In APOL1 KO cells, Golgi PI4KB activity and actomyosin organization were not affected, indicating that APOL1 plays no significant role in PI4KB control at the Golgi [11]. However, in these cells mitochondrion fission and mitophagy were inhibited, suggesting that APOL1 is involved in both PI4KB and APOL3 transfer to the mitochondrion [16]. APOL1 association with NM2A may allow PI4KB/APOL3 traffic to the mitochondrion, and APOL1 binding to PHB2 could target PI4KB/APOL3 to MERCSs.

Consistent with these considerations, in APOL1 + 3 KO cells the mitochondrial phenotype linked to APOL3 deletion was also reverted [11], demonstrating the requirement of APOL1 for mitochondrial targeting of PI4KB. In these cells, the absence of APOL1 restored PI4KB activity at the Golgi, albeit at a slightly reduced level [11]. Therefore, preventing PI4KB delocalization still allows Golgi PI4KB activity despite APOL3 absence. Collectively, these observations suggest that the most important function of APOL3 is not PI4KB activity control, but PI4KB/NCS1 sequestration at the Golgi membrane, opposing to PI4KB/NCS1 delocalization by APOL1.

In APOL1Δ-expressing podocytes, PI4KB and NCS1 clearly delocalized from APOL3 and the Golgi, but remained strongly associated [11]. PI4KB and APOL1 are present in Golgi-derived ATG9A vesicles that are trafficking to various compartments such as MERCSs, the plasma membrane and endosomes [44, 77], and NCS1 was also detected in Golgi-derived vesicles trafficking to the plasma membrane [78]. Thus, through disruption of PI4KB-APOL3 interaction the C-terminal APOL1 variants may increase PI4KB and NCS1 trafficking to different membranes, including the plasma membrane, therefore inducing pleiotropic changes of membrane dynamics.

The murine APOL3 and APOL1 homologues

Based on both overall sequence identity and relative pH dependence of transmembrane insertion, mAPOL8 and mAPOL9 are the best homologue candidates for APOL3 and APOL1 respectively (Fig. 5). Like APOL3, mAPOL8 could interact with NCS1, because mAPOL8 upregulation promotes synapse formation by neural stem cells [79], suggesting increased NCS1 activity [80]. Since the transgenic expression of the APOL1 G1 and G2 variants in mice can induce kidney disease [10], I propose that mAPOL8 is the mouse APOL family member inactivated by the APOL1 variants. Like APOL1, mAPOL9 is induced by IFN-I and is involved in restriction of viral infection [2, 81]. Moreover, like APOL1, mAPOL9 binds to PHB2 [2, 16]. However, contrasting with APOL1, mAPOL9 lacks a signal peptide, and is therefore only intracellular, in keeping with the primate specificity of APOL1 trypanosome-killing activity.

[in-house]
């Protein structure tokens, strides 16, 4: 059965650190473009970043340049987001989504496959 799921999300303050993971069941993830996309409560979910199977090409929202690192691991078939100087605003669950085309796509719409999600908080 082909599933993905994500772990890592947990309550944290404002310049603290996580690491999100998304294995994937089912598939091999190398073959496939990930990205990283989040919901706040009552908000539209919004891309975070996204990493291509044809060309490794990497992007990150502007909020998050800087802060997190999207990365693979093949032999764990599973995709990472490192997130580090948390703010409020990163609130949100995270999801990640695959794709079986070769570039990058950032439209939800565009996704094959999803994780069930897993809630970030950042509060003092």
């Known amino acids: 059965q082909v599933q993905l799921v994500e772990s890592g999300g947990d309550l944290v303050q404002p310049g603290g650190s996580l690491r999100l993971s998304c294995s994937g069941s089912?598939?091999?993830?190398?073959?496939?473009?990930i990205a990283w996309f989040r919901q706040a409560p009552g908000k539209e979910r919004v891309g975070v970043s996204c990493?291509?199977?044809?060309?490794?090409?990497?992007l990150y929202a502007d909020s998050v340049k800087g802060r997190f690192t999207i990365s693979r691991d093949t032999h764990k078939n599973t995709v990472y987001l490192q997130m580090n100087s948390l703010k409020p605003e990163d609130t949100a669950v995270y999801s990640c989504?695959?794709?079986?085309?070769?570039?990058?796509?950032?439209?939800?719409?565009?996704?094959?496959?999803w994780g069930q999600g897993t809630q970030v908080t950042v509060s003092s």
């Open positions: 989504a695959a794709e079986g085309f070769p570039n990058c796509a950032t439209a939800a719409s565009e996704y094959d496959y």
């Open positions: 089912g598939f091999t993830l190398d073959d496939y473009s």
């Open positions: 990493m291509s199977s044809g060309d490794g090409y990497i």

Fig. 5
figure 5

Murine APOL homologues of human APOL1 and APOL3. A Sequence alignment between human and mouse APOLs, using ClustalOmega ( for the alignment and GeneDoc ( for the editing. The relative darkening reflects the level of similarity (black = high). Phylogenetic trees of these proteins are presented in [1, 2]. The N-terminal cleavage sites of different APOL1 isoforms (iso) are indicated by red arrows. The red boxes delimitate the various domains depicted in Fig. 1. Three helices defined in Ultsch et al. [17] are indicated in blue above the sequences. Stretches highlighted in light blue and yellow, respectively, represent a sequence missing in APOL1 isoform 3 and the APOL1 smallest interacting domains (SIDs) identified in Uzureau et al. [11]. B Percentages of sequence identity and similarity between human and mouse APOLs. The values obtained for the hypothetical APOL1 and APOL3 homologues in mice are coloured in green and red, respectively. In case of mAPOL7s, the extensive insertions of acidic stretches in the N-terminal domain clearly set these APOLs apart from APOL1 and APOL3. C Transmembrane probability in human and mouse intracellular APOLs, as defined by the TMHMM program ( Membrane insertion of the TM1 and TM2 helices has been experimentally demonstrated for both recombinant APOL1 and APOL3, although requiring acidic pH in case of APOL1 [12, 18]. To simulate acidic conditions, all D and E residues were converted into N and Q, respectively

Concluding remarks: kidney disease and other perspectives

The proposal that APOL3 and APOL1 control intracellular membrane dynamics provides explanations for kidney disease induced by APOL1 G1/G2 expression. Indeed, APOL3 inactivation by APOL1 C-terminal variants leads to drastic actomyosin reorganization, which influences kidney function notably through changes in podocyte shape and motility. I propose that APOL1 C-terminal variants can affect membrane dynamics in various cellular compartments, due to increased trafficking of PI4KB and NCS1 from the Golgi to other membranes. Changes in surface membrane dynamics could trigger effacement of podocyte foot processes and consecutive impairment of kidney activity. Kidney function is also particularly affected by interference with mitochondrial membrane fission [82], which reduces IFN-I-induced mitophagy and leads to mitochondrion dysfunctions together with exacerbated inflammatory reaction. Both effects on actomyosin organization and auto/mitophagy flux are characteristic of APOL1 variants-linked kidney disease, either genuine in humans or transgenic in mice or Drosophila melanogaster lines [10, 11, 83].